You can have a friend or family member help you complete the application if you want. If you have trouble reading or writing, MDHHS must help you, but you need to let them know that you need help. Some MDHHS offices have computer stations where you can apply online through the MI Bridges Portal with help from an employee.
When you apply, you will be asked to prove important parts of your application. This means you may have to show documents such as birth certificates, Social Security cards, state ID cards, driver licenses, or passports. You may also need documents that show your income and expenses. This could include pay stubs, bank statements and proof of rent (such as a lease or rent receipt). These documents must be less than 30 days old.
When you submit an SDA application, you are swearing that all of the information you gave is true and complete to the best of your knowledge. If you don’t understand a question, it is better to ask for help than to guess.
MDHHS will contact you and set up a conference to go over your SDA application. They will ask about any parts of the application that you did not complete, and you can ask questions to help you understand. You should bring your important documents to this conference. The conference is also an opportunity to learn about your rights. You can bring someone with you to this conference if you need help.
If you speak limited English, MDHHS must provide you with an interpreter. Be sure to tell MDHHS that you need an interpreter or need help understanding documents in English. You also have a right to bring your own interpreter if you prefer. The application is also available in different languages. You can also apply online and have someone help you.
Once you are approved, you will get a Bridge Card. A Bridge Card is like a debit card that can be used at many stores and markets. You can use your Bridge Card to withdraw cash at ATMs. There are some restrictions on what you may buy with your Bridge Card. If you need to order a new Bridge Card, call 888-678-8914.
Report any changes in your household size, income, or assets to MDHHS. You must report the changes within 10 days of the change. If you do not, your benefits could be reduced or suspended. The easiest and most reliable way to report changes is online using MI Bridges. You can also call MI Bridges at 888-642-7434 or use DHS Form-2240 to report changes.
It is best to report changes in writing and keep copies of the e-mail, fax, or letter as proof you reported the changes on time. If you report a change and there is negative action you do not agree with, such as if your SDA monthly amount decreases, you have the right to request a hearing. You can use the Do-It-Yourself MDHHS Hearing Request tool to complete your request. Make a copy of the form to keep for your records.
Restrictions on Spending
There are restrictions on how you can spend SDA benefits. MDHHS policy says that you are not allowed to use your Bridge Card to pay for:
- Lottery tickets or other gambling activities
- Alcohol or tobacco
- Illegal activities
MDHHS also says that you can’t use your Bridge Card at any of these types of businesses:
- Spas or massage parlors
- Tattoo shops
- Bail bond agencies
- Adult entertainment
- Cruise ships
Problems Getting SDA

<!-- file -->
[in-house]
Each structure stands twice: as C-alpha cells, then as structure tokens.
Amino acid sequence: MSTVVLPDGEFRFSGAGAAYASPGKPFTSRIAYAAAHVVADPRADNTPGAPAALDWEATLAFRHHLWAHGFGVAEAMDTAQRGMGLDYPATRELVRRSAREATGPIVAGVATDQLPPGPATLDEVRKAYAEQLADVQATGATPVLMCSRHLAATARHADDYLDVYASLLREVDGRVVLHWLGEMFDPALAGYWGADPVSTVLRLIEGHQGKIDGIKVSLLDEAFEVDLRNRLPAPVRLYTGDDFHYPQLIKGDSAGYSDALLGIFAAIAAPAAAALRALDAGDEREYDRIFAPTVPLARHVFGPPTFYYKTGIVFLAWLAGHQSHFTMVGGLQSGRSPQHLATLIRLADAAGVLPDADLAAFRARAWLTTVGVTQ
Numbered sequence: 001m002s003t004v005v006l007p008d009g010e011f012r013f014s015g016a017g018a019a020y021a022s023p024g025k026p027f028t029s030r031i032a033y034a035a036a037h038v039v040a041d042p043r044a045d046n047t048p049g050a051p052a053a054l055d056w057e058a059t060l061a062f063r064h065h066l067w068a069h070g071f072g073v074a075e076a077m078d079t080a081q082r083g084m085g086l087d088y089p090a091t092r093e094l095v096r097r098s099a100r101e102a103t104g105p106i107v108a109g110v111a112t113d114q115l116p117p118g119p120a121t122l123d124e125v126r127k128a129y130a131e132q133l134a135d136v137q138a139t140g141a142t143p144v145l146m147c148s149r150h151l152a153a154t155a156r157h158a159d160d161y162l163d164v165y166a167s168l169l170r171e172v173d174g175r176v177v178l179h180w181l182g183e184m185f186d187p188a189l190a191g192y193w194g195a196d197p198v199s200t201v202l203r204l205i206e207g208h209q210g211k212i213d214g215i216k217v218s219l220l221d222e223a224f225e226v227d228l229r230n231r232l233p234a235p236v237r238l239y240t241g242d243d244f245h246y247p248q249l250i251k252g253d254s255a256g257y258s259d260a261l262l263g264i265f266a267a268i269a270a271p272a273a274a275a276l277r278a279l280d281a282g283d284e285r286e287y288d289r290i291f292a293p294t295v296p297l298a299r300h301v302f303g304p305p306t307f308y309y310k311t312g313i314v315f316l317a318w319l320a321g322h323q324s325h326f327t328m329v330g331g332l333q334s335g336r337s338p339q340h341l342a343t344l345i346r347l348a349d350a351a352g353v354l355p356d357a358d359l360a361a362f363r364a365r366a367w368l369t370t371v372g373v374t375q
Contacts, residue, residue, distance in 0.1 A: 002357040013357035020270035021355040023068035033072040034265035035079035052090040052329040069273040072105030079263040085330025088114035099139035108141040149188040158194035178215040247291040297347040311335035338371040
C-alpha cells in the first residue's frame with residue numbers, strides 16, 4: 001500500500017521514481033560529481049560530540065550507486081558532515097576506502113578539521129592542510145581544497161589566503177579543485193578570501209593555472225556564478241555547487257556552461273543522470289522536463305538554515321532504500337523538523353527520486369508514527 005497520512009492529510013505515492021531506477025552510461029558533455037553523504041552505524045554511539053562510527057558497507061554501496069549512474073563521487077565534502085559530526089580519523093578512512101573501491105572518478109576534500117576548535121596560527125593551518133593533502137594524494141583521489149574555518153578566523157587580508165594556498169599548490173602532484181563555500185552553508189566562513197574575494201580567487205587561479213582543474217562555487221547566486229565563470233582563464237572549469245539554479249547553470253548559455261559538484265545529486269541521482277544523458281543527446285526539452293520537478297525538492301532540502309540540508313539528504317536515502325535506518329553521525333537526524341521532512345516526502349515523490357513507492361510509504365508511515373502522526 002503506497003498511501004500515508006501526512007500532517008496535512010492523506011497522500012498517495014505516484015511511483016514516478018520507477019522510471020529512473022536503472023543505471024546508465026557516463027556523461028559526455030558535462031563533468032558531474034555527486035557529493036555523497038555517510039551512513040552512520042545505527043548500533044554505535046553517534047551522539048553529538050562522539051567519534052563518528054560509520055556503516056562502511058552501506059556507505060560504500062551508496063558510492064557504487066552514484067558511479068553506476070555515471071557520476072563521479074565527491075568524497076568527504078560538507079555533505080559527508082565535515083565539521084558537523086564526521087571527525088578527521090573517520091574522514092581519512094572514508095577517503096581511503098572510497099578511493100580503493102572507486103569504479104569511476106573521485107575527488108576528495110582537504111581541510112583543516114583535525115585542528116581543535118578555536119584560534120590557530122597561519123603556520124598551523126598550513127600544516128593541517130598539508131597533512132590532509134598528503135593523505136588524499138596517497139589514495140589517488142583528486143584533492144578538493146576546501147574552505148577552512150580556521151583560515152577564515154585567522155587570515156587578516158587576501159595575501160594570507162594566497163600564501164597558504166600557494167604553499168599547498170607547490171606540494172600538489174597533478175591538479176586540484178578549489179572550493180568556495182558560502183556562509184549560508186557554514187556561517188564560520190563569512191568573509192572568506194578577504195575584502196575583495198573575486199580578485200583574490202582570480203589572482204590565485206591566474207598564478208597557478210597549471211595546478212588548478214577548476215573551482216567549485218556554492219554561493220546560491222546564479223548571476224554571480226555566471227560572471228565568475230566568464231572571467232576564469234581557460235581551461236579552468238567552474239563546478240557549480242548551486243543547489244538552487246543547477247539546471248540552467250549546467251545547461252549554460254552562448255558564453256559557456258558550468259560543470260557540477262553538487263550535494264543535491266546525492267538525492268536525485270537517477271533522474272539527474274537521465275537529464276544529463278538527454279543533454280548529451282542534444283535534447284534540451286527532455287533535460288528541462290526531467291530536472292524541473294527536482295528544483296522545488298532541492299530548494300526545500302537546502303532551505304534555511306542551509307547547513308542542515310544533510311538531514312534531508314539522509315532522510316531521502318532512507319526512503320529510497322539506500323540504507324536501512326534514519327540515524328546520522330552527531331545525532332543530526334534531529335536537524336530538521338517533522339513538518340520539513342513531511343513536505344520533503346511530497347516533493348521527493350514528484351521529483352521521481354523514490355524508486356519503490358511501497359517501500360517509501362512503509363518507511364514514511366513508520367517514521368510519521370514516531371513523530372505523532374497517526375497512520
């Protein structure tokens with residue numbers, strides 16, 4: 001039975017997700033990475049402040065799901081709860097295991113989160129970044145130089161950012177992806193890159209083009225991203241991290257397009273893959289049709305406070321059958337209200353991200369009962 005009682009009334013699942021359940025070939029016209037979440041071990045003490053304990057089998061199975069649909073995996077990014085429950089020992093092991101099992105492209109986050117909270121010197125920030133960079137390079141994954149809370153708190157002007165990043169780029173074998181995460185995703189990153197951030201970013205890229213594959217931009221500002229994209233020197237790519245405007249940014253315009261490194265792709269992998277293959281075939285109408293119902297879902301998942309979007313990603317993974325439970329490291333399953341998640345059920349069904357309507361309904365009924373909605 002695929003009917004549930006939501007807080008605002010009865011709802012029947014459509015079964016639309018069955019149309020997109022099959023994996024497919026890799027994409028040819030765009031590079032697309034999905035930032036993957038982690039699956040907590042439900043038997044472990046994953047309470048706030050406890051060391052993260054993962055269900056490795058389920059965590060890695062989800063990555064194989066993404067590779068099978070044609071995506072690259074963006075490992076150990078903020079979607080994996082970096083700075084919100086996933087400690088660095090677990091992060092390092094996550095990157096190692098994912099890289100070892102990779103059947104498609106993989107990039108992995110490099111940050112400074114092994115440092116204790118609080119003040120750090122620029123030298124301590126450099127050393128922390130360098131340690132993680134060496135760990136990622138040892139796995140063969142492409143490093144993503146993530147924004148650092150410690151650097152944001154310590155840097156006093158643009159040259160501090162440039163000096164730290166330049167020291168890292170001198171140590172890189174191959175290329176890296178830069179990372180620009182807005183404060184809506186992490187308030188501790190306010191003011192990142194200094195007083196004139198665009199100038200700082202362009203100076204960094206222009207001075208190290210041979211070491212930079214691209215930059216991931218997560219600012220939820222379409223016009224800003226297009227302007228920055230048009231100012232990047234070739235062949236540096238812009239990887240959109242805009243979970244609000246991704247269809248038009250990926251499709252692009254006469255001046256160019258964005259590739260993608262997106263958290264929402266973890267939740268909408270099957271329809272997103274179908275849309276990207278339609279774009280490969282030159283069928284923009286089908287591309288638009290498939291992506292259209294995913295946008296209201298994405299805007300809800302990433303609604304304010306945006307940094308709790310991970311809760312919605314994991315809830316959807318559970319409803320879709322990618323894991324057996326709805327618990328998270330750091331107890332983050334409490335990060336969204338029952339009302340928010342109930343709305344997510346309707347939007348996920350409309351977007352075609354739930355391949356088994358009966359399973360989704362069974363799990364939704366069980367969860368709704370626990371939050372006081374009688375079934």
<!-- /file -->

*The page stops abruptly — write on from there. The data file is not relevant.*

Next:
MDHHS may deny your application, decrease your benefit amount, or close your case. If you have problems getting your SDA benefits, use the Guide to Legal Help to see if you qualify for free legal help from your local legal services office.
If MDHHS denies your application for benefits and you disagree with the decision, you have the right to ask for a hearing. You can use the Do-It-Yourself MDHHS Hearing Request tool to fill out the form you need to ask for a hearing. Make a copy of the form to keep for your records.
All legal cases have time limits, and it is important to appeal on time. The limit for MDHHS appeals is 90 days from the date on the notice. In some cases, it may be advisable to both reapply and request a hearing. You may want to consider talking to an attorney about your appeal. Use the Guide to Legal Help to see if you qualify for free legal help from your local legal services office. Even if they are not able to represent you, they could still offer you advice and other help
Case Closures, Terminations, or Decreases
If you believe MDHHS wrongfully closed your case, terminated, or decreased your benefits, you have the right to request a hearing. If you request the hearing within 10 days of the date on the negative notice, you can ask to continue getting your benefits until the hearing decision is made. You may need to repay those benefits if MDHHS decides that you were not entitled to them. You might be eligible for retroactive benefits if you request a hearing within 90 days of the negative action and you win. Retroactive benefits means you could get a payment on your Bridge Card to make up for your benefits that MDHHS did not pay you, but should have.
If you believe MDHHS made a wrong decision about your case, request a hearing. You can use the Do-It-Yourself MDHHS Hearing Request tool to complete your request. Make a copy of the form to keep for your records.
You can mail or drop off your request in person. If you mail your request, you may want to send it certified mail. Be sure to direct it to the Hearing Coordinator, not your caseworker. If you drop off your request, sign the log book in the office lobby (if available). If you have a phone, take a picture of your signature in the log book for your records. You could also ask the person who takes the request to stamp your copy as proof of when you dropped it off.
If you have questions about retroactive benefits, your local legal services office may be able to help you. Use the Guide to Legal Help to find a legal services office near you.